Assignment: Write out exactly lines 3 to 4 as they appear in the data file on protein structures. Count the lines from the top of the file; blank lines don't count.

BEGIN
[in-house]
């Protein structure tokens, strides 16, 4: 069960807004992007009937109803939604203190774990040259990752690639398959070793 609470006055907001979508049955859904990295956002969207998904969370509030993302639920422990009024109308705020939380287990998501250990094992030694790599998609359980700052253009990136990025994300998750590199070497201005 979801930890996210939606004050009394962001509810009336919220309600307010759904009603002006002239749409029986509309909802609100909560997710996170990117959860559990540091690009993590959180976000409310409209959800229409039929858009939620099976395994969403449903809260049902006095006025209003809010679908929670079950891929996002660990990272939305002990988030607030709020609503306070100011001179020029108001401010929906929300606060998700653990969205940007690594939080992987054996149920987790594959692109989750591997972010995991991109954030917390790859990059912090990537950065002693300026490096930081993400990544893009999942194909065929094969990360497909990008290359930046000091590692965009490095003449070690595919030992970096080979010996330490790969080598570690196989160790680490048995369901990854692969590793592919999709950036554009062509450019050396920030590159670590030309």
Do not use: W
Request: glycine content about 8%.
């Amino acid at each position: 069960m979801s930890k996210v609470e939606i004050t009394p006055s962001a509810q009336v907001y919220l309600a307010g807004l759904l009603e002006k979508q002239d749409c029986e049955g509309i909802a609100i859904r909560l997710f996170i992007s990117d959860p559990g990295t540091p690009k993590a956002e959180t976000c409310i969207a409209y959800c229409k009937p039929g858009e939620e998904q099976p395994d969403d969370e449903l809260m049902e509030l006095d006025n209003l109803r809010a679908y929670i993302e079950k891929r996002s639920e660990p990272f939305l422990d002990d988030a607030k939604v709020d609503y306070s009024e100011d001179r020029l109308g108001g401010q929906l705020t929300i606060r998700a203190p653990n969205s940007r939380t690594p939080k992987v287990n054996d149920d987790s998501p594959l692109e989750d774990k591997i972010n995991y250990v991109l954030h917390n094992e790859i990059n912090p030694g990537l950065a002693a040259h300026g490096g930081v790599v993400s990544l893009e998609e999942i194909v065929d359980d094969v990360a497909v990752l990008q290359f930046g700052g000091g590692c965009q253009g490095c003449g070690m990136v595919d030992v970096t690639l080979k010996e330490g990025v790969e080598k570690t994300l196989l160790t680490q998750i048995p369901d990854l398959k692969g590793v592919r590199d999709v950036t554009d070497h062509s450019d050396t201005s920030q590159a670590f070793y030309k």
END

Do not use: W
Request: glycine content about 8%.